By Ishtar Dance on Monday, July, 22nd, 2019 in Dance Coaching, Dance Inspiration, Learning No Comments
As a former Latin dancer I love fusing Latin styles with belly dance, not only because Egyptian dancers have done so successfully for many decades, but also because it technically and musically works for well.
The Rumba, also spelt Rhumba, is a rhythm all Egyptian and non-Egyptian table players will know, but it’s also a rhythm many dancers struggle to interpret.
You don’t need to have studied Rumba in order to move to the rhythm, but as always in dance, it pays to have done your research and not least know your topic, if you start fusing different dance forms and not least label them as such.
In a margency the Rumba will often appear very briefly, and most dancers will be able to dance to it without problems. But if you’re creating a whole dance or choreography to an entire Rumba track, you should study the dance and get a clear feeling for the basics before creating your ‘belly dance fusion’.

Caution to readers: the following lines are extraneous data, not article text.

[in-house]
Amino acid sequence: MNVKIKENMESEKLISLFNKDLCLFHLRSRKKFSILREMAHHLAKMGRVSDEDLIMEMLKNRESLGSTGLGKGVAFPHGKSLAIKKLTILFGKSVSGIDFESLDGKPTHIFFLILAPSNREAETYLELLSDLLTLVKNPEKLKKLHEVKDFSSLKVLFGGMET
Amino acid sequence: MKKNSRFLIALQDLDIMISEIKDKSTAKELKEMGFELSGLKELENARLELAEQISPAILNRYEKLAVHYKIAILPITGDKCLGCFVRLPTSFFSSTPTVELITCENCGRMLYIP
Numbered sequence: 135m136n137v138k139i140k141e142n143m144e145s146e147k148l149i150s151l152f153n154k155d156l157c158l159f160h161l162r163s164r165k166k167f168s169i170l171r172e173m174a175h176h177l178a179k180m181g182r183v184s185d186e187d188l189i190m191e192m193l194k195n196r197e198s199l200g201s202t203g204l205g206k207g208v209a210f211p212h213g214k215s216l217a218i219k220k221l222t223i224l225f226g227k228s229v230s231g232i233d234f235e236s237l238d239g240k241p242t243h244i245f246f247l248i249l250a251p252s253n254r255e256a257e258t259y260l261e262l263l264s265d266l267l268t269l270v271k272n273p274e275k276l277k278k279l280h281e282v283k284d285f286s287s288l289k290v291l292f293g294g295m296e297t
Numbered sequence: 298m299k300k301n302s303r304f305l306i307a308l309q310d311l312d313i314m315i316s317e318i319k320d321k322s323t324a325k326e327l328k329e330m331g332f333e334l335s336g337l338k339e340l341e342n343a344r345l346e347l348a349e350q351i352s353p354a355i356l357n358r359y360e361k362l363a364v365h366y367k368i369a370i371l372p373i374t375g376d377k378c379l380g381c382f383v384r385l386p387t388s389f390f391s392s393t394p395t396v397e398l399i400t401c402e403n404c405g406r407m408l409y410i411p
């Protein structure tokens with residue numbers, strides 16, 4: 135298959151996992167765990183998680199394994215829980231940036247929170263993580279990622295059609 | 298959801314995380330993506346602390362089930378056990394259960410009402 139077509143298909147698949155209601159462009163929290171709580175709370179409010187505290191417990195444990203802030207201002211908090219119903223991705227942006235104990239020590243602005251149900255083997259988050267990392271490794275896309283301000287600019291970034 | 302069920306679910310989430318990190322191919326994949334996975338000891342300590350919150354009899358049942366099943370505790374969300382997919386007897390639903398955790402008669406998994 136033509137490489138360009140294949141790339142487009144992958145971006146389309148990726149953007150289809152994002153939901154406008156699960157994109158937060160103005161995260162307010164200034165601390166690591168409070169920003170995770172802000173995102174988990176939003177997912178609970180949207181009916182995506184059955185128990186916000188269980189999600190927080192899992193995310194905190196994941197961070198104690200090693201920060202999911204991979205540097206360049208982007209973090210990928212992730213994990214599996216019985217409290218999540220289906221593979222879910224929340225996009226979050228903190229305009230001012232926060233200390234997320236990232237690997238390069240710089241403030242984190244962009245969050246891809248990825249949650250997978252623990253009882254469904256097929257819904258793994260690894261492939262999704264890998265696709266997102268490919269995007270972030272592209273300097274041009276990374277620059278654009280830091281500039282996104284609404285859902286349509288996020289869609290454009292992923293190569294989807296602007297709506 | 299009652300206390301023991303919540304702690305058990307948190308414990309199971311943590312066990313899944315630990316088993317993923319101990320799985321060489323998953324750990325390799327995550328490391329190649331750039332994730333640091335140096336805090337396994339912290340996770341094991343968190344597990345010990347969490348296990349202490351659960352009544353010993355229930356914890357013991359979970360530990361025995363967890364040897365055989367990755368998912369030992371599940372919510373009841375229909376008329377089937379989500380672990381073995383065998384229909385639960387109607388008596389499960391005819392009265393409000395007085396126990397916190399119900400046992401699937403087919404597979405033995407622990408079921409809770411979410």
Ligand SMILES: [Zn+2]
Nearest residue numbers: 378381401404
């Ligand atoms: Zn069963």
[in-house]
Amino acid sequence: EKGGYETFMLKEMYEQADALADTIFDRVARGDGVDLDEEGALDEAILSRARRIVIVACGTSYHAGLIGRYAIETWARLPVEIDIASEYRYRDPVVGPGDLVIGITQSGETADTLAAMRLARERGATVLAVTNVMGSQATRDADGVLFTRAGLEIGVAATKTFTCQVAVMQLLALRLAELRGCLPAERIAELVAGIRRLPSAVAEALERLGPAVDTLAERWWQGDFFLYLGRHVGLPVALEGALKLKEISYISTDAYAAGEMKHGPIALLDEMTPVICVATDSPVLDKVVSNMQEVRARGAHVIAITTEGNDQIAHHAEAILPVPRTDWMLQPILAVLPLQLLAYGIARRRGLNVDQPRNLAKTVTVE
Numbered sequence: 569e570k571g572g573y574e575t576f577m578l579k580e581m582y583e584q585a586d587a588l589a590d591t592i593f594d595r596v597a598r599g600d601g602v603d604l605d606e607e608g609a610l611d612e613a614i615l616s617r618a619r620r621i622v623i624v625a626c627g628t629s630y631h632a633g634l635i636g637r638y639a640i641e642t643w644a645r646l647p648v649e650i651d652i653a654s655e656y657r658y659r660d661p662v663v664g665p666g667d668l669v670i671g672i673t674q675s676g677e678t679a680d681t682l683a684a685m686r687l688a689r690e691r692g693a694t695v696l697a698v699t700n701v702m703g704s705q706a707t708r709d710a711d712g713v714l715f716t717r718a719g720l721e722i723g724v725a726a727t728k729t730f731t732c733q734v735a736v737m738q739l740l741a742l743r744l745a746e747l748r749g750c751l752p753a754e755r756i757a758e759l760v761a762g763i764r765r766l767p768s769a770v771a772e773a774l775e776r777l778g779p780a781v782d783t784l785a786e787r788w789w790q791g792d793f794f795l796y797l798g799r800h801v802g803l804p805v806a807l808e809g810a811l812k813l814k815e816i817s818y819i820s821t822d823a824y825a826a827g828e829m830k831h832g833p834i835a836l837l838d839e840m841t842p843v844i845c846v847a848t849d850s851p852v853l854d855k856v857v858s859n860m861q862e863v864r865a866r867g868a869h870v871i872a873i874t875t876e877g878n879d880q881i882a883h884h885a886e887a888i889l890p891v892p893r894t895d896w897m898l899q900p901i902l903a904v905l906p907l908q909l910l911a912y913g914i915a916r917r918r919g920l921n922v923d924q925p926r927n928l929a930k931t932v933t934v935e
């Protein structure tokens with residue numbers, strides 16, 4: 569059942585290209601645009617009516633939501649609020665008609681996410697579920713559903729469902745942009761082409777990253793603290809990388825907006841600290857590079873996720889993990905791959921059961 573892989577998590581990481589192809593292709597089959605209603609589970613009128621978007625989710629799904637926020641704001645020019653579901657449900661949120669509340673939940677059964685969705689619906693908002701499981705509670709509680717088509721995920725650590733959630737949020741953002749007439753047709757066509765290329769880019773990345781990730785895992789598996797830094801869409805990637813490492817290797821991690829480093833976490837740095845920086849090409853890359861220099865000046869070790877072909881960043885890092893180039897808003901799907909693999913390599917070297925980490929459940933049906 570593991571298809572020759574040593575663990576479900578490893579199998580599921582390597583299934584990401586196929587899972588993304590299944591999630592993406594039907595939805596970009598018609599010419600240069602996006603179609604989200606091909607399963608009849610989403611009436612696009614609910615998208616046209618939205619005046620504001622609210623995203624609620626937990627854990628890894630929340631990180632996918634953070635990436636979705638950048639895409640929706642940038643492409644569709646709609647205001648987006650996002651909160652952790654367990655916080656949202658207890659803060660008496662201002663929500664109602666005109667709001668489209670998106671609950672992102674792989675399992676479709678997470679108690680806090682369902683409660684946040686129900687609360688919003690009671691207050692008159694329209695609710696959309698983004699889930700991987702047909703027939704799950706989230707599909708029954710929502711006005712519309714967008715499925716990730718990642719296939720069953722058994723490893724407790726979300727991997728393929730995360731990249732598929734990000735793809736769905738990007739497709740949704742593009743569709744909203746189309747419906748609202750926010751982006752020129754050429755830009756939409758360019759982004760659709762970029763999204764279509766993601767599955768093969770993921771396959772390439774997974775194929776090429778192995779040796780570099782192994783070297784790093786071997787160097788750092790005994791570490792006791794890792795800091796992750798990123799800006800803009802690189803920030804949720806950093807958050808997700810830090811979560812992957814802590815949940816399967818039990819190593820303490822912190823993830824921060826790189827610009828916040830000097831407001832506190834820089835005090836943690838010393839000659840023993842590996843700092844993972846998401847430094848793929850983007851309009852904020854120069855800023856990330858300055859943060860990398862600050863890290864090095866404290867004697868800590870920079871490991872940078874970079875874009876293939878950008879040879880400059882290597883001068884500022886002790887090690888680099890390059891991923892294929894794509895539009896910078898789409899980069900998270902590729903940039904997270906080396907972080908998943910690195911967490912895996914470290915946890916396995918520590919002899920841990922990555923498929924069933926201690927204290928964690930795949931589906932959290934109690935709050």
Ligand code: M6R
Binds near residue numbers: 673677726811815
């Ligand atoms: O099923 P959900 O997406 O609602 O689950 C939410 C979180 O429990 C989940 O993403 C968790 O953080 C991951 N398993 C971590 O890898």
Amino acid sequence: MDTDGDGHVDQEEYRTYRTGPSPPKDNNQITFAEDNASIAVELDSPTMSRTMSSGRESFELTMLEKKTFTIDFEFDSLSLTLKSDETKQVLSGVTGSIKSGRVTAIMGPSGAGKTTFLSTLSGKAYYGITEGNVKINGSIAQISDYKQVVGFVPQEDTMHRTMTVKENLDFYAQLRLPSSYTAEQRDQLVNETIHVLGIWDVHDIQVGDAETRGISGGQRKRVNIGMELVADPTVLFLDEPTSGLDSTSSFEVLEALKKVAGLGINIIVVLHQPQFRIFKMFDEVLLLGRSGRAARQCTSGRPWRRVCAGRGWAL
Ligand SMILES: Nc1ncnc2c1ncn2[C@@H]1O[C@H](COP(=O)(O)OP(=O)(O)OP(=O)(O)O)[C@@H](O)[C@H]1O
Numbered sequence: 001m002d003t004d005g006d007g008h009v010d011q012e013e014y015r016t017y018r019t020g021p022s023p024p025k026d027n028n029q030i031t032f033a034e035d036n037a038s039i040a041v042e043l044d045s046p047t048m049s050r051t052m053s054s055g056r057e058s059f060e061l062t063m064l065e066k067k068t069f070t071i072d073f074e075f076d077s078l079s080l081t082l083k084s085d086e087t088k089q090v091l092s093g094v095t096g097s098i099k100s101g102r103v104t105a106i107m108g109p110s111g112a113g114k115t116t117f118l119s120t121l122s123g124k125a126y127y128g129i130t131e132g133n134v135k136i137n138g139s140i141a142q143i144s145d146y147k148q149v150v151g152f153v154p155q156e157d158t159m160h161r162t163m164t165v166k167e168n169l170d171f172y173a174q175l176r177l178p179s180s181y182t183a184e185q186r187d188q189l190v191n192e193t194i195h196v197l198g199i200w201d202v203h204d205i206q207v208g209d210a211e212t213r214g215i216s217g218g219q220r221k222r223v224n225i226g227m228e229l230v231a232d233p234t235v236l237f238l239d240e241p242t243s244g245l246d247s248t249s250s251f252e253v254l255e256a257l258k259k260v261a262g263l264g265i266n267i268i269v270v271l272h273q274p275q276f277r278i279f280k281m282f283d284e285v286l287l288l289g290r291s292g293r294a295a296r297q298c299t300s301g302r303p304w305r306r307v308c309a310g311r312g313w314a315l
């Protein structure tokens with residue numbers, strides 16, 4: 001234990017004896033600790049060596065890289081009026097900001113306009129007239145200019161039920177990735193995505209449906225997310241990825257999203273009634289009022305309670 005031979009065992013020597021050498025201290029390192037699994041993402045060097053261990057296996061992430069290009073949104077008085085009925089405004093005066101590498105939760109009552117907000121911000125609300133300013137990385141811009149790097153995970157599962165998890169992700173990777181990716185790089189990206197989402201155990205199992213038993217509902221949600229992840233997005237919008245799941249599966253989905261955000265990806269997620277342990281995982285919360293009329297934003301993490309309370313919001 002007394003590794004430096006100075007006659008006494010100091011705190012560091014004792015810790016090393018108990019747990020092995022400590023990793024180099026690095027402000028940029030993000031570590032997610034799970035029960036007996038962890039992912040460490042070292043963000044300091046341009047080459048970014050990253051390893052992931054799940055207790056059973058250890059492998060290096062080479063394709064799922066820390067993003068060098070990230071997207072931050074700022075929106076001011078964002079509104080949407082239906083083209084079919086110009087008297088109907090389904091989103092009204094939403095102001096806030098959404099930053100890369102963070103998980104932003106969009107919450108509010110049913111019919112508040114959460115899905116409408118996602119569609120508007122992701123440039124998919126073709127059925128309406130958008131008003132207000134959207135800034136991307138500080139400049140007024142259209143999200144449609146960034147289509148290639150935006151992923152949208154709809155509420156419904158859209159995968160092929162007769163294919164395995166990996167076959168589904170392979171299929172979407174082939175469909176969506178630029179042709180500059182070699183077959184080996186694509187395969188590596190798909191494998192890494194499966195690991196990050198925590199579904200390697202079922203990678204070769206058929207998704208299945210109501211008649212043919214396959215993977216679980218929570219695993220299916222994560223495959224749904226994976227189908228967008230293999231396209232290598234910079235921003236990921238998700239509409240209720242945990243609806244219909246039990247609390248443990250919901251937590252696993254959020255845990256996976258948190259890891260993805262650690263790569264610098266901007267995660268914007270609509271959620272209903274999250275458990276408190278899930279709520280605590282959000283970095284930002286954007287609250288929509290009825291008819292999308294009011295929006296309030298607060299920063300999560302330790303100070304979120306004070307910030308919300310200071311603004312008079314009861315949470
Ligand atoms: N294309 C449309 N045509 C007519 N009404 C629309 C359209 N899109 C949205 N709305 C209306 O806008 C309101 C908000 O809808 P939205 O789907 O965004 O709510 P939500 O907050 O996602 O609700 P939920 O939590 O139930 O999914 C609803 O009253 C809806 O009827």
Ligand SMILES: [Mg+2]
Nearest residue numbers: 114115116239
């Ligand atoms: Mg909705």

As a partner dance it can be very complex, but simplified it’s all about the passion, legs and timing. It’s a dance that really requires you to work your core, as you need to ‘nearly pause’ as you ooze into your pose. Your legs are straight and pushing into the floor, creating resistance, which translates into the hip work. The Rumba is all about the horizontal figure of 8s in the hips. Finally, it’s a 4/4 rhythem, but in Latin Rumba you never step on the 1, but rather you prepare and melt into the second count, something which can be very to master, yet it’s what gives the dance it’s flow.
As part of my Improvisation Station series I did a quick improvisation video trying to capture the feel and some of the leg work, as well as the passion of the Rumba, whilst still keeping it very much belly dance. This is not a rehearsed choreography, but a one-take wonder, as I also wanted to share the honest process of how I improvise as part to the series.
You can view the Rumba Belly Dance Improvisation here.
I hope you can take some inspiration away from both this blog and the video and feel more confident about when you’re creating a Rumba fusion. If you would like to learn more about Latin Belly Dance fusion, including Rumba, then check out my studio and online class schedule for more details.
Happy dancing always.
Did you miss my last post? Read it here: Health, Harmony and Belly Dance
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